“I played against her and we gave them a pretty good spanking,” Staley said of Bird and the USA Select team that played against the national team in 2000. “I started watching her through the ranks because I knew I was going to retire soon. I wanted the leadership, the point-guard position, in good hands. They were touting Sue as the next point guard, so I wanted to see her style.
“She’s going to be different than me, more laid back. But when we got the chance to talk, I wanted to tell her a little bit about the things she’ll have to look forward to just as the information was passed along to me.”
Bird and Staley bonded at the 2004 Olympics. Joking that she played only 30 seconds, Bird appeared in seven of Team USA’s eight games as Staley’s backup. Rooting for her country, she observed how to lead on the Olympic level.
Signing a nearly $300,000 contract to play in Russia has also helped Bird by picking up the international game and playing against contenders in that country and with Storm star Lauren Jackson, who will captain Australia.
Nothing probably helped Bird more than this season with the Storm (17-9). With WNBA legends Sheryl Swoopes and Yolanda Griffith and all-star Swin Cash on a roster that included six new faces, Bird had to direct stars who led their former teams. She also needed to help build chemistry quickly, and when Jackson left for five games to train with her national team, Bird was the sole leader.
She averaged 15.2 points and 32.4 minutes in helping Seattle go 3-2 during the stretch. Bird leads the league in assists at 5.6 per game.
“Dawn leaves big shoes to fill, but Sue has big feet,” said Val Ackerman, president of USA Basketball. “She’s the right person at this time to lead it. But the beauty is that we not only have her, we have Cappie [Pondexter] and Kara [Lawson] and both Katie [Smith] and Diana [Taurasi] can swing to the [point-guard position]. We’re in really good shape at that position.”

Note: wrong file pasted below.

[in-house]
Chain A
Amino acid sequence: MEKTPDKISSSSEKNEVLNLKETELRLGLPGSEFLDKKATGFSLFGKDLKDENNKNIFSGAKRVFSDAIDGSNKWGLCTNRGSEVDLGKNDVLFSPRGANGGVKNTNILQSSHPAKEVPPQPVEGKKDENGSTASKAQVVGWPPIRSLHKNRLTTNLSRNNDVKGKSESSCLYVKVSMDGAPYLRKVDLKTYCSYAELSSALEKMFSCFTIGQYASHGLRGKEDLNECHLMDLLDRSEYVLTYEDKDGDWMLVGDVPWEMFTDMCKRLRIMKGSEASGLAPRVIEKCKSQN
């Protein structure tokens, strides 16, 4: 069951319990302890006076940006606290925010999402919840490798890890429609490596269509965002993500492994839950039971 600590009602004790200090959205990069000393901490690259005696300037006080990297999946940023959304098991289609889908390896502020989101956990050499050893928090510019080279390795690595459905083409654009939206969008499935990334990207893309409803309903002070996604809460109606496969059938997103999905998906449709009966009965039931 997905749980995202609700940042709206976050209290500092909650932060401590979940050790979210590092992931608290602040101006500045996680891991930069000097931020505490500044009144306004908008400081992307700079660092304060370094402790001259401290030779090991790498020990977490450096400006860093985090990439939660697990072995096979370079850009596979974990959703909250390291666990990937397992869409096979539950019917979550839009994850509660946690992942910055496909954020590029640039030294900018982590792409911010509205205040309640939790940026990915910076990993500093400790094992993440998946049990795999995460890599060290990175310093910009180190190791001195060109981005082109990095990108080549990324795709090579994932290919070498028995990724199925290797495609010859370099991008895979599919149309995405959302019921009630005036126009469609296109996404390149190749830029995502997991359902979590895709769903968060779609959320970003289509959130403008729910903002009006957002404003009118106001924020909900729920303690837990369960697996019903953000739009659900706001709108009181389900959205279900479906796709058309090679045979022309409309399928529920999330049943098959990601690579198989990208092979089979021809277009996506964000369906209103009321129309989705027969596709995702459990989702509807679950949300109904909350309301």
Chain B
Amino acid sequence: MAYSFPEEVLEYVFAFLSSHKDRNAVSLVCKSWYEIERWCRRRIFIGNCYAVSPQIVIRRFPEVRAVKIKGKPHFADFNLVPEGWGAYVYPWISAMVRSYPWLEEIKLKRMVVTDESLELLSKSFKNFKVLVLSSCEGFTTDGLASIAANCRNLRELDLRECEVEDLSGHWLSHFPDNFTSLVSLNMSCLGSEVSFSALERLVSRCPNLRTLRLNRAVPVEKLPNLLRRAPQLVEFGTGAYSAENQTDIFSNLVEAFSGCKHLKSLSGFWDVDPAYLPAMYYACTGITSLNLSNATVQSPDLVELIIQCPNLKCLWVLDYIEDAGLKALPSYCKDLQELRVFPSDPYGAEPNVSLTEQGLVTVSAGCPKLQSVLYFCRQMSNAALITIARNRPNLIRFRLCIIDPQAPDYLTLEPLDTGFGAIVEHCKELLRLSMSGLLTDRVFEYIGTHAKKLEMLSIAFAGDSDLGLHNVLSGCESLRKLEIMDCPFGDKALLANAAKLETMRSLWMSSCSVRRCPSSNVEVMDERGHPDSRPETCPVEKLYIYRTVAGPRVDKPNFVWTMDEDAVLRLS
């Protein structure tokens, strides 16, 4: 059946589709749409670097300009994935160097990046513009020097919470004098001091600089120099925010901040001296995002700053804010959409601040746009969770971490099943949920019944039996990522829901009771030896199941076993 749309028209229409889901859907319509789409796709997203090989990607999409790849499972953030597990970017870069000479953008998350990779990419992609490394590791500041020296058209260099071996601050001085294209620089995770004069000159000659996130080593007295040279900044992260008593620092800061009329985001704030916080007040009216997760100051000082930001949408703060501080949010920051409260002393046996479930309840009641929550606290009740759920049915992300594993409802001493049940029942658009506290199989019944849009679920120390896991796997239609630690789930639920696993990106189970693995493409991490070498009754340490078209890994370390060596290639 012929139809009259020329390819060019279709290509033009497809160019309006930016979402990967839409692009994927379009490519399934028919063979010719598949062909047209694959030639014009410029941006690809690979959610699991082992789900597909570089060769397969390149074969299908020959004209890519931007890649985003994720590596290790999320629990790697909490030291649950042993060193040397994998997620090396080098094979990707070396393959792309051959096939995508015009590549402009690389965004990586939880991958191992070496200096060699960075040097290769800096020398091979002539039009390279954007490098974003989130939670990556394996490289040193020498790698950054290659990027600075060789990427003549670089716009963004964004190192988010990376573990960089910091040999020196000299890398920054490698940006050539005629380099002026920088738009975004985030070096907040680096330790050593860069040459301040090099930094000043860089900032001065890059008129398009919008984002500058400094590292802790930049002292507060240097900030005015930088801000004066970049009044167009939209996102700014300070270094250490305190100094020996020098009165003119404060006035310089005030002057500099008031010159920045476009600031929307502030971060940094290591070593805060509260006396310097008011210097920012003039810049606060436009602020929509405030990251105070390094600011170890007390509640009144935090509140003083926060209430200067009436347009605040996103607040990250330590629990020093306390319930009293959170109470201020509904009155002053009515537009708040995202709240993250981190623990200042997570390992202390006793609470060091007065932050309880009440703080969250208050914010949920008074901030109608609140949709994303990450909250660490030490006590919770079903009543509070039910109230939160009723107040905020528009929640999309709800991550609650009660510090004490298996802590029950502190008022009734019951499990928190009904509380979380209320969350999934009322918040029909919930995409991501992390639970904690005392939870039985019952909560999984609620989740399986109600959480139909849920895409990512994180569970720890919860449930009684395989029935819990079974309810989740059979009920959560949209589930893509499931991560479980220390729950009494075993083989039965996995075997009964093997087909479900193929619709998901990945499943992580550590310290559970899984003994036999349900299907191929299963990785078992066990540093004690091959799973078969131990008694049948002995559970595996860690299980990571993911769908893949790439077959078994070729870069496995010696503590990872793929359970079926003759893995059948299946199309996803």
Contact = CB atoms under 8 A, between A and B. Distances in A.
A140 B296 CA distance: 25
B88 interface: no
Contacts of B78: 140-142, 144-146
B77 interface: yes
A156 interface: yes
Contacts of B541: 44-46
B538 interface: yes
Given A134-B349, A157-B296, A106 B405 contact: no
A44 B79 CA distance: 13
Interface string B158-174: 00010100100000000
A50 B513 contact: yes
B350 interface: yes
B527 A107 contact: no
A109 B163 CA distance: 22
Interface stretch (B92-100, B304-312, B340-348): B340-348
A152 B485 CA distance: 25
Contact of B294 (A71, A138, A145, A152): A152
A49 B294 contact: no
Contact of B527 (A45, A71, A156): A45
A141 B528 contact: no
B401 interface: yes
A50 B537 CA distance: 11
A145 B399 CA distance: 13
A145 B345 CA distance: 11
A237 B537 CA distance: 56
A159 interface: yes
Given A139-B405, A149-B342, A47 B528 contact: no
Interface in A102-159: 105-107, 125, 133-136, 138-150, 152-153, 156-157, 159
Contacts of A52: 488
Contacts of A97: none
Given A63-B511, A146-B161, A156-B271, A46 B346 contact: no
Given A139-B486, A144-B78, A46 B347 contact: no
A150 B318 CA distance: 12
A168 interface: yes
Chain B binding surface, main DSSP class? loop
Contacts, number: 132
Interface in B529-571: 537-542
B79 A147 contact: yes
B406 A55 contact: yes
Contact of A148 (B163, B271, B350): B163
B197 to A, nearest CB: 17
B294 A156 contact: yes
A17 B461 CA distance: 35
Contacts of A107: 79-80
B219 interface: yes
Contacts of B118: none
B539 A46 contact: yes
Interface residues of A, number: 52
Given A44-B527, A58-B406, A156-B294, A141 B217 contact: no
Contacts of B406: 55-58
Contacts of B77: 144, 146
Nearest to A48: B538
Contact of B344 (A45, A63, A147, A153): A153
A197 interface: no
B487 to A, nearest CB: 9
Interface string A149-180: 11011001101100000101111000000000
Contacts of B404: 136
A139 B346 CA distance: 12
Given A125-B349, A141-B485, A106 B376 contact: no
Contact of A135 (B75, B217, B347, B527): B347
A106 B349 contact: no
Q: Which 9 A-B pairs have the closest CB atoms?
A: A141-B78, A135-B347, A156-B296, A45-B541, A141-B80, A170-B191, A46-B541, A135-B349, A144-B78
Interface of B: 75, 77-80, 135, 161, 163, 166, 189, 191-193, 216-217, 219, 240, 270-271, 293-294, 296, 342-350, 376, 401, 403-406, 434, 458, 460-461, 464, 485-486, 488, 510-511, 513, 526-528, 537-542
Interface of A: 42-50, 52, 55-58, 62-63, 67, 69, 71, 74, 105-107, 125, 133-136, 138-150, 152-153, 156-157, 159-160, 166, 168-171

But the best motivator probably isn’t even having Staley nearby. It was the 2006 World Championship loss to Russia, which knocked the Americans off their gold-medal pedestal. Australia ultimately won the title and automatic berth to the Beijing Games.
Defense was an issue for Team USA, prompting the selection committee to bring in new players like Sylvia Fowles and Pondexter and keep veterans like DeLisha Milton-Jones and Tamika Catchings for their defensive prowess.
Due to the WNBA season and overseas commitments, the three-day session at Stanford is the first time the entire group has had together.
“Sue is big because she did her homework and studied under Dawn in 2004,” Olympic coach Anne Donovan said. “She’s prepared to take the torch to lead this team, so I’m very much relying on Sue.”
Stealing a page from the men’s team, Bird is calling these Games redemption. She has worked since grade school to reach this level. Nothing but gold is acceptable.
“This is business,” said Bird, who said she’d like to see the Great Wall if time permits. “If my legs are sore, that’s something I’ll have to skip. We really need to redeem ourselves from Brazil [site of the World Championship loss in 2006], there’s no doubt about that. And I know in myself there’s a difference between where I was four years ago and where I am now. I’m just really ready to do it.”
Jayda Evans: 206-464-2067 or firstname.lastname@example.org